The full programme includes sprint and middle distance running, the ‘heavy’ events: boxing, wrestling, all-in fighting; and field events: discus, javelin, long-jump. All the competitors are stark naked too – gymnasia are just what they say they are: ‘stark-naked training-grounds’. And on top of all that there are the equestrian events: horse-racing, mule-cart racing, chariot-racing. With any luck you might see a spectacular chariot wreck.

Of course the equestrian events are only for the rich – who sponsor the teams, the jockeys and the drivers. They don’t actually compete in person, but they get lots of kudos anyway. Poor boys can do very well in the running or boxing, mind you – and can then cash in on their success later on.

But remember that all that victors at Olympia win is a symbolic prize of a crown of wild olive. You, though, will make heroes of them and you can rub shoulders with them in the huge parade and animal-sacrifice at Zeus’s massive ash-altar that mark the festival’s central act of communion between gods and men.

Getting around

When you get home – by mule-cart for some of you, on horseback for the lucky few, but for most on foot – you can worship the victors, literally, as superhuman heroes. That is even (or especially) if they’ve got themselves killed, in the all-in fighting or whatever. Errosthe (fare well)!

Paul Cartledge is AG Leventis professor of Greek culture at the University of Cambridge. He is the author of Ancient Greece: A History in Eleven Cities (OUP, 2009).

Olympia today

One of the most delightful of Greece's ancient sites, Olympia is today a day trip from Athens. That it is a glorious one rather than a hot, underwhelming slog is to do with two things: the efforts locals and firefighters made in 2007 to save the site from bush fires, and the ruins themselves.

Persevere with Olympia: the modern town is little more than a service centre for the ancient, and first impressions will be of souvenir shops and uninspiring restaurants. There's better and more typical Greek fare on offer in the village of Floka, a mile or so up the hill.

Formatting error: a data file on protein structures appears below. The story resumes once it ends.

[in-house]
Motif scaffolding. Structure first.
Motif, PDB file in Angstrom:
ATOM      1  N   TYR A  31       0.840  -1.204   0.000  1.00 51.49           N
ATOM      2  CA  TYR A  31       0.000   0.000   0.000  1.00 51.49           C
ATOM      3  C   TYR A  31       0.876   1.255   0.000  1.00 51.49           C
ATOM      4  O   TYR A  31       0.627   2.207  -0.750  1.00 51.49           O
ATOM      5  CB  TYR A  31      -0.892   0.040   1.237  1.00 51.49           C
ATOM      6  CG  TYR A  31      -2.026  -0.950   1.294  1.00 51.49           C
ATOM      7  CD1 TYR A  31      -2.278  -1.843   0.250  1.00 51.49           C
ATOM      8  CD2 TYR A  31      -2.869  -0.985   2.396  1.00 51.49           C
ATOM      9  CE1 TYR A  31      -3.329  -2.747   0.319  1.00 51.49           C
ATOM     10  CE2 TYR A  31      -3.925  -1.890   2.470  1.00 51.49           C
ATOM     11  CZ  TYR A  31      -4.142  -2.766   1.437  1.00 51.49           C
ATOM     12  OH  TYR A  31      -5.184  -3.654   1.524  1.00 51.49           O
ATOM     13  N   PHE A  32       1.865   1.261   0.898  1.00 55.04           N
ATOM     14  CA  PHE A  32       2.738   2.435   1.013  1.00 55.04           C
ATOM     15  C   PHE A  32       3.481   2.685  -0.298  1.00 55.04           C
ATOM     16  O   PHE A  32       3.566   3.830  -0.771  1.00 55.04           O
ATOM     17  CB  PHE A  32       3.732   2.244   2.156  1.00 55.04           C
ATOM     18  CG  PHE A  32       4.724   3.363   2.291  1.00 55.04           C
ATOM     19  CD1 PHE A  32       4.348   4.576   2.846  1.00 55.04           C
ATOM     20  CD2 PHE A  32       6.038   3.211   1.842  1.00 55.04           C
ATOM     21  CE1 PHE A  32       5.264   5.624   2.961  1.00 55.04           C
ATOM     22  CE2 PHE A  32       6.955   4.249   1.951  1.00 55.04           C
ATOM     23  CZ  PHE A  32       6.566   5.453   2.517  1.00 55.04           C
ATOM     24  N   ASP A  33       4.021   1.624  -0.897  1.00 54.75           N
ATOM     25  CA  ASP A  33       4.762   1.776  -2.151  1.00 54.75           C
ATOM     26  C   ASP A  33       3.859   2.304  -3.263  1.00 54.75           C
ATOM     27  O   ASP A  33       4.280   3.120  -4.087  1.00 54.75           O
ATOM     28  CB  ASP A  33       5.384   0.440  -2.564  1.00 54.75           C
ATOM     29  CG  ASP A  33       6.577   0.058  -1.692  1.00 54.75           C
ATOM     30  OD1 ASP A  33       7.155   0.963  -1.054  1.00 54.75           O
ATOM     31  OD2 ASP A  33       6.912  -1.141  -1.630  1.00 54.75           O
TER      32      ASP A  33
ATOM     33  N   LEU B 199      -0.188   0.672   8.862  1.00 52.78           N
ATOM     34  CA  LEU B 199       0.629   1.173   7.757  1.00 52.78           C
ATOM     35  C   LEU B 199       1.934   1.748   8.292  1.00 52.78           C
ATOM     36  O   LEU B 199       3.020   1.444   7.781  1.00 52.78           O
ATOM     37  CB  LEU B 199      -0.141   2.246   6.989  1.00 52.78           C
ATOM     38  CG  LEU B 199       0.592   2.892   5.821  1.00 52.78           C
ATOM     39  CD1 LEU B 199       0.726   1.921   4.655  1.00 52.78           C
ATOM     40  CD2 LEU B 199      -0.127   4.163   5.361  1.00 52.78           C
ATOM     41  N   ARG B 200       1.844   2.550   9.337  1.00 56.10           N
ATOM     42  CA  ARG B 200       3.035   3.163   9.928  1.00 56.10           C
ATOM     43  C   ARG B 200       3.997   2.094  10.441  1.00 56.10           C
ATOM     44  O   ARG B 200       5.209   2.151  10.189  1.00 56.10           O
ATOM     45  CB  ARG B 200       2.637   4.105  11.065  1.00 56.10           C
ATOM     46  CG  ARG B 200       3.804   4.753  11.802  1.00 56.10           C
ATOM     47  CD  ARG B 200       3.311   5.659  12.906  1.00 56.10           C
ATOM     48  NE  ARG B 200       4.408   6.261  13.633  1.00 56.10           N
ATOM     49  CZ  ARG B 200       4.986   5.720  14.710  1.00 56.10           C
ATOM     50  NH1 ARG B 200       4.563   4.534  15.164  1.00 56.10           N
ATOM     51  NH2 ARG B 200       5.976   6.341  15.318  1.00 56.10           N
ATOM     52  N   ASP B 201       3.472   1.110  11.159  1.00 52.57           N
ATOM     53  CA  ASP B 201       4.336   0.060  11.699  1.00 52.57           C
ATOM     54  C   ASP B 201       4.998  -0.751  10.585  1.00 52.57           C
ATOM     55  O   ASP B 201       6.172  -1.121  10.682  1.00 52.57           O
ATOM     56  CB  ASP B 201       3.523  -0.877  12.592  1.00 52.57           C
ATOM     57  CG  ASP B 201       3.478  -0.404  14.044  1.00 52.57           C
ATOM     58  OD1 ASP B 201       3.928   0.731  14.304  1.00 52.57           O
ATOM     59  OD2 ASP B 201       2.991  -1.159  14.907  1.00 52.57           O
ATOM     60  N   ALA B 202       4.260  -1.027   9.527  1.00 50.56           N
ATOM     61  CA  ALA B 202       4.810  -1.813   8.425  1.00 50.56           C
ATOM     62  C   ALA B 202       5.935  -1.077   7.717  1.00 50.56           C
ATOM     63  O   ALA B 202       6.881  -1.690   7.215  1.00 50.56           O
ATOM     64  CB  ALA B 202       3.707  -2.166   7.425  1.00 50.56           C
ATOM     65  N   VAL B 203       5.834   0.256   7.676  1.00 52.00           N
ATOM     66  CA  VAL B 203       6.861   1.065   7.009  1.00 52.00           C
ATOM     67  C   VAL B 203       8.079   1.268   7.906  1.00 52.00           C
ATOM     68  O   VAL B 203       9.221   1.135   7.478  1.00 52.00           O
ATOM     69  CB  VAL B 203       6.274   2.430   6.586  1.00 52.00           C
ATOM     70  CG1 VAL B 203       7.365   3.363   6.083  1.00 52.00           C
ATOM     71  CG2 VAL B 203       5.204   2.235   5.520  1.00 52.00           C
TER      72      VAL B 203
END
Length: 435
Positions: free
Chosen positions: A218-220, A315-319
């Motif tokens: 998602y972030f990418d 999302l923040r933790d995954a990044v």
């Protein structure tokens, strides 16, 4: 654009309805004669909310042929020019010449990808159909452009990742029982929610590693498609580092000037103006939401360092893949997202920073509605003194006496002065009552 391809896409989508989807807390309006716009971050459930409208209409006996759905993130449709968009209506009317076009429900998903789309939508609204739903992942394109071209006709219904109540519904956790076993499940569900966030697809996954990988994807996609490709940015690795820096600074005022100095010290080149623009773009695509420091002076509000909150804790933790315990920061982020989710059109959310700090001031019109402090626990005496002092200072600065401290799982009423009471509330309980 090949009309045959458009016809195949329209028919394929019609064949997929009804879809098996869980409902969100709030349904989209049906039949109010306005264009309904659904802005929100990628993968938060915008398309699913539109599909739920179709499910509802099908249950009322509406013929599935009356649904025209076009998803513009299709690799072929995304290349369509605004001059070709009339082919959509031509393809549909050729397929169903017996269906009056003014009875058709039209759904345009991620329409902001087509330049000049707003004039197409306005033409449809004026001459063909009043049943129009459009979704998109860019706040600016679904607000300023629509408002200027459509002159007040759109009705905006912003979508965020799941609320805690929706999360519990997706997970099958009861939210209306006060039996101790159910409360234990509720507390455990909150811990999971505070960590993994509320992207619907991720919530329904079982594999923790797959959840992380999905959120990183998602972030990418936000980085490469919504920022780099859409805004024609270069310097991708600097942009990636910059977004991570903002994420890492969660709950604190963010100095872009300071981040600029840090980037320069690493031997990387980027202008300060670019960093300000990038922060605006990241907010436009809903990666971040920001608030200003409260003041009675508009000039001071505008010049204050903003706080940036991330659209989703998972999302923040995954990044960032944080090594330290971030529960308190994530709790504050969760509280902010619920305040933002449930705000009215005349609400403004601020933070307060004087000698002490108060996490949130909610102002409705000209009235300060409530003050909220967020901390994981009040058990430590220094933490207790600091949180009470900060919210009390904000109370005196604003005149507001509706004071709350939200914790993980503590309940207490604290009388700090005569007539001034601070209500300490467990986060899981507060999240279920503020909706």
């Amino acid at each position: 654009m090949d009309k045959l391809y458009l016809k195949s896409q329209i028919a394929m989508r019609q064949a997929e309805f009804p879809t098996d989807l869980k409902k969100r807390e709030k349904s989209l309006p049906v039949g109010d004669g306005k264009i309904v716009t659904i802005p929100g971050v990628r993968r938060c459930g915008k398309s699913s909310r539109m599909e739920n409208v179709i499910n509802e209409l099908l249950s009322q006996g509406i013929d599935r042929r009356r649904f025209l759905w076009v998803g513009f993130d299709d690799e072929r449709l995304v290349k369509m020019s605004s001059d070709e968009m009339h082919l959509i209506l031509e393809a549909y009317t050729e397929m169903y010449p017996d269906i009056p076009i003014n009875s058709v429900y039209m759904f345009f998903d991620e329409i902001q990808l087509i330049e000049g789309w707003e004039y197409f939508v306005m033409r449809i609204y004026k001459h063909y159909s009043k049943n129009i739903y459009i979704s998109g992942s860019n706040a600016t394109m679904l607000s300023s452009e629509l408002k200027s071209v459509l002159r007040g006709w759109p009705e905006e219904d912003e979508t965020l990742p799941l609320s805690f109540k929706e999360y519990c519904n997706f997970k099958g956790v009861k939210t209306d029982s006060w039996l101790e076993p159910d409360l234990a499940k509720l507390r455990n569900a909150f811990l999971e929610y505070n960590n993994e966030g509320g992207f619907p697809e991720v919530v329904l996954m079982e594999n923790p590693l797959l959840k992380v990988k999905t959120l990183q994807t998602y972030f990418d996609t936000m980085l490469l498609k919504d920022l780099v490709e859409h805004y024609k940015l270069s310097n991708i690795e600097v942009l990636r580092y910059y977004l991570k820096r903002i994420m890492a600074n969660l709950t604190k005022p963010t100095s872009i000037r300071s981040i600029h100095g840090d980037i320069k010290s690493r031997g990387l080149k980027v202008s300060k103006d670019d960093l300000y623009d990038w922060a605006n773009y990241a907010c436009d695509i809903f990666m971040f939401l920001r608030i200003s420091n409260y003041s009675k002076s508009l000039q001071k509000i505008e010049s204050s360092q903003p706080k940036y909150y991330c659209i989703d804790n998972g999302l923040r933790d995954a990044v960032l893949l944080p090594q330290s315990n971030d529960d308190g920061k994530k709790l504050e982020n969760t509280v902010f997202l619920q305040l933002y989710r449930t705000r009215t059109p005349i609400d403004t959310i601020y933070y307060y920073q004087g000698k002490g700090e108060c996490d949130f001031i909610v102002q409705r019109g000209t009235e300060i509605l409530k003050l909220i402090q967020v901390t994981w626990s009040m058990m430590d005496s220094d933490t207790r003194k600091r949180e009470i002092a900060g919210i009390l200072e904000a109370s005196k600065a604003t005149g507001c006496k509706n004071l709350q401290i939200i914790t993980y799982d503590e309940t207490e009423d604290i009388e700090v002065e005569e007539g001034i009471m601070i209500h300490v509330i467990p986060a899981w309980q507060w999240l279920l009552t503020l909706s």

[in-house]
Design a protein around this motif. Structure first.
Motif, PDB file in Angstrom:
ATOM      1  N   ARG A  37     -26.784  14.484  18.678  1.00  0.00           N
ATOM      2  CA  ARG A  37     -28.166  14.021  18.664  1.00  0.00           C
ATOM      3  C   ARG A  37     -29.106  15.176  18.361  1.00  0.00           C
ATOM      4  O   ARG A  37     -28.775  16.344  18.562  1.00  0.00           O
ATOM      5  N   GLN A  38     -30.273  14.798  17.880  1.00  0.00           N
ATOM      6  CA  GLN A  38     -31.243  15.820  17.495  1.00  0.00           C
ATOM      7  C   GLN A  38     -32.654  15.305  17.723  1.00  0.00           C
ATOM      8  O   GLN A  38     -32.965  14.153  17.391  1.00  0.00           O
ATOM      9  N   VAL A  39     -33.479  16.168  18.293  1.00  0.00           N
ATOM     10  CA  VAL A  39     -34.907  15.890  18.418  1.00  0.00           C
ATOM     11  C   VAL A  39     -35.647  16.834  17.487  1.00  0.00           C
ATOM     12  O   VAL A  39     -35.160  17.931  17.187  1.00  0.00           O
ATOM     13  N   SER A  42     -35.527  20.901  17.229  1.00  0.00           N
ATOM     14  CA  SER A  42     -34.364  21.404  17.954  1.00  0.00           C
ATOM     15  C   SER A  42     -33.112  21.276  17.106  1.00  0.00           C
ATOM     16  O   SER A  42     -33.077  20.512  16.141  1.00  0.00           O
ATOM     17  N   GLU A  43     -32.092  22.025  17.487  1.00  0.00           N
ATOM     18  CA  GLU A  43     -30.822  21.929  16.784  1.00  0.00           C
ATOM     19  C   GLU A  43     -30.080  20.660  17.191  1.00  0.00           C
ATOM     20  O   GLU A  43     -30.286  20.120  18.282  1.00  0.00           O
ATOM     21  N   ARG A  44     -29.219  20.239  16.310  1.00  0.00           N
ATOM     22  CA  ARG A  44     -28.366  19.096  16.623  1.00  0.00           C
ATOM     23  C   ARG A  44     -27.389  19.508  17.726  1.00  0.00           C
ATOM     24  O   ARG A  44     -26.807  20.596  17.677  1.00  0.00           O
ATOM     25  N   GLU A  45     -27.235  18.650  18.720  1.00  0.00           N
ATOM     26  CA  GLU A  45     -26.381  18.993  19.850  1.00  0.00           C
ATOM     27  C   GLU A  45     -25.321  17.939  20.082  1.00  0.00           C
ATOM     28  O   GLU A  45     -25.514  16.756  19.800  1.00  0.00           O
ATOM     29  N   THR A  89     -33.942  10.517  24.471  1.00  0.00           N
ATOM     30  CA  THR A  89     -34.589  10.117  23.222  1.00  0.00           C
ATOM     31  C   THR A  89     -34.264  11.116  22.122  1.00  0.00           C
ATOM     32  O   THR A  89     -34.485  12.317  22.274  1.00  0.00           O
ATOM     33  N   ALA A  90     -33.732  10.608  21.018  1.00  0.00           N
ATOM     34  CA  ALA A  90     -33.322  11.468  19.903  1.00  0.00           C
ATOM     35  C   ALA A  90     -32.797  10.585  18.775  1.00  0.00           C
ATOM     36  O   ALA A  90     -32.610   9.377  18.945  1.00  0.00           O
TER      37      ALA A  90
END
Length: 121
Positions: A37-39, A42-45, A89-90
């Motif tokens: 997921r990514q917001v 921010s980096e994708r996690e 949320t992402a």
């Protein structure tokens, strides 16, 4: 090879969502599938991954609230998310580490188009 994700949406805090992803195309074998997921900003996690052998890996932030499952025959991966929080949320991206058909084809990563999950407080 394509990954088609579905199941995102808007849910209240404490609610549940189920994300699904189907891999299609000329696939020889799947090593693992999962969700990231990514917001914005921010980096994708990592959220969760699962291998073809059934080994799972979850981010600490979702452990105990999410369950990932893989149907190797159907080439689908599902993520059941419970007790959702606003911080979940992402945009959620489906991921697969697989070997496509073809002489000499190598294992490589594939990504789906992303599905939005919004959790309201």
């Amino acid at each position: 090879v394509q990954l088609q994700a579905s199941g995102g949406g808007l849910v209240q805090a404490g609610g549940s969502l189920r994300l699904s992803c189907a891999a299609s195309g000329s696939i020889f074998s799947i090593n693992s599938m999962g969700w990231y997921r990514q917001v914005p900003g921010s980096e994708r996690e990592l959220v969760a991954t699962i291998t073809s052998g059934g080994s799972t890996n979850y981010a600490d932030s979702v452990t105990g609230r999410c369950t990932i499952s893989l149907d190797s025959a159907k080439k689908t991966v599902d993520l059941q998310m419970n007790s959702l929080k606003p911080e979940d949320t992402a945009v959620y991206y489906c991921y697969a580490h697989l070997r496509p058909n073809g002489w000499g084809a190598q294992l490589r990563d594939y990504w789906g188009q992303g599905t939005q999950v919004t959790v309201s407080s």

The star attraction is south of the new town, across the Kladeos river. Set in wonderfully quiet and green surroundings, the Olympic site can absorb half a day. There are four museums to complete the theme of the day: one devoted to the ancient games, another to the modern one, a third tells the story of excavations and a fourth, the Archaeological Museum of Olympia, shows off some of the best finds. There's a joint ticket for this and the site itself.

Even if you only see ancient Olympia, it will almost certainly prove a highlight of any tour of Greece’s historical treasures.

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There are comparable sites in Greece – Delphi notably – which will awe and educate, but you need to go to Mexico to find evidence of lost civilisations enjoying sport on this scale, particularly the ball courts of Monte Alban and Chichen Itza.

Tom Hall, Lonely Planet travel editor. You can read a selection of articles by Tom at the Lonely Planet website